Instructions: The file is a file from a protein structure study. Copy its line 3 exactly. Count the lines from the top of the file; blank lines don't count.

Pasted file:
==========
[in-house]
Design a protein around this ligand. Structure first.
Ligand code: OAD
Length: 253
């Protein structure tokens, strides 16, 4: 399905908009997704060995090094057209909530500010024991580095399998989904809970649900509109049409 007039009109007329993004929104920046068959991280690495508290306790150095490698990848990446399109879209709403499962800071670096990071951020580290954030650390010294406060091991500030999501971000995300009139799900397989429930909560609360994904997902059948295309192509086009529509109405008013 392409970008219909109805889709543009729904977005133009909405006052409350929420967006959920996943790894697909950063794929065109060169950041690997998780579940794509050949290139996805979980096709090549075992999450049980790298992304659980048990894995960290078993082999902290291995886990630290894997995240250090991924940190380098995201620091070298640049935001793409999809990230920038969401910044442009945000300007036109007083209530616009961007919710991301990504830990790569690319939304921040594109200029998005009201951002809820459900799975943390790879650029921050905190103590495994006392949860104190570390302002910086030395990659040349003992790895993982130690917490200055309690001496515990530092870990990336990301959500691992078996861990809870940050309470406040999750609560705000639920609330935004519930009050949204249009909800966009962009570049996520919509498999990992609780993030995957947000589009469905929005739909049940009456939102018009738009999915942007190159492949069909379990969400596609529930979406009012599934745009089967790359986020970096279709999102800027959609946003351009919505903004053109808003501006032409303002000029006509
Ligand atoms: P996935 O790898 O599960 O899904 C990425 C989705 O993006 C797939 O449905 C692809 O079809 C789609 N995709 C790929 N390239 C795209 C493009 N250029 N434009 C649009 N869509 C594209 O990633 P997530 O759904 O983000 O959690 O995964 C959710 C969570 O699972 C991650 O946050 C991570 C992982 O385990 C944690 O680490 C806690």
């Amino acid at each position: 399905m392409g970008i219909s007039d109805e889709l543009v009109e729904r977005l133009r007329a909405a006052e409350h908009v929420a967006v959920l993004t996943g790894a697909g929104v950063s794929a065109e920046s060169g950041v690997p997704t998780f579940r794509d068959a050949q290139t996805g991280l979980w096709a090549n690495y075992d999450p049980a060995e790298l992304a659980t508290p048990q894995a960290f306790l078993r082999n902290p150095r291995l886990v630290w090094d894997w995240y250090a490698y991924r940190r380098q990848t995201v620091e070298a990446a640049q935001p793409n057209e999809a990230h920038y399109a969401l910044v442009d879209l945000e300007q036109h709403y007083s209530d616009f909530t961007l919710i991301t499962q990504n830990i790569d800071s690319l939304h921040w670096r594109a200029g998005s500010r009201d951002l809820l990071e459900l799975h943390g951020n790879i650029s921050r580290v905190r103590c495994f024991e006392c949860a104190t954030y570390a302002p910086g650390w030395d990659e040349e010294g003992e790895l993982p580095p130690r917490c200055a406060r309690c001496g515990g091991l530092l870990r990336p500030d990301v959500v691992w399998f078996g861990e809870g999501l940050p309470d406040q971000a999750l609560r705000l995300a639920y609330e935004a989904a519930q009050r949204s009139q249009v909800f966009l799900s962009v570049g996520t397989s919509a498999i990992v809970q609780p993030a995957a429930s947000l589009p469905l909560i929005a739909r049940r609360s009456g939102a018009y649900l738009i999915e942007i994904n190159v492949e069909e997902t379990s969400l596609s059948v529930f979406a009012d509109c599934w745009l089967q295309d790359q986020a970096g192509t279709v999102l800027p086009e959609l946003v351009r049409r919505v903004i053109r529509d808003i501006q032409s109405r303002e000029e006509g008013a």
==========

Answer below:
Ligand code: OAD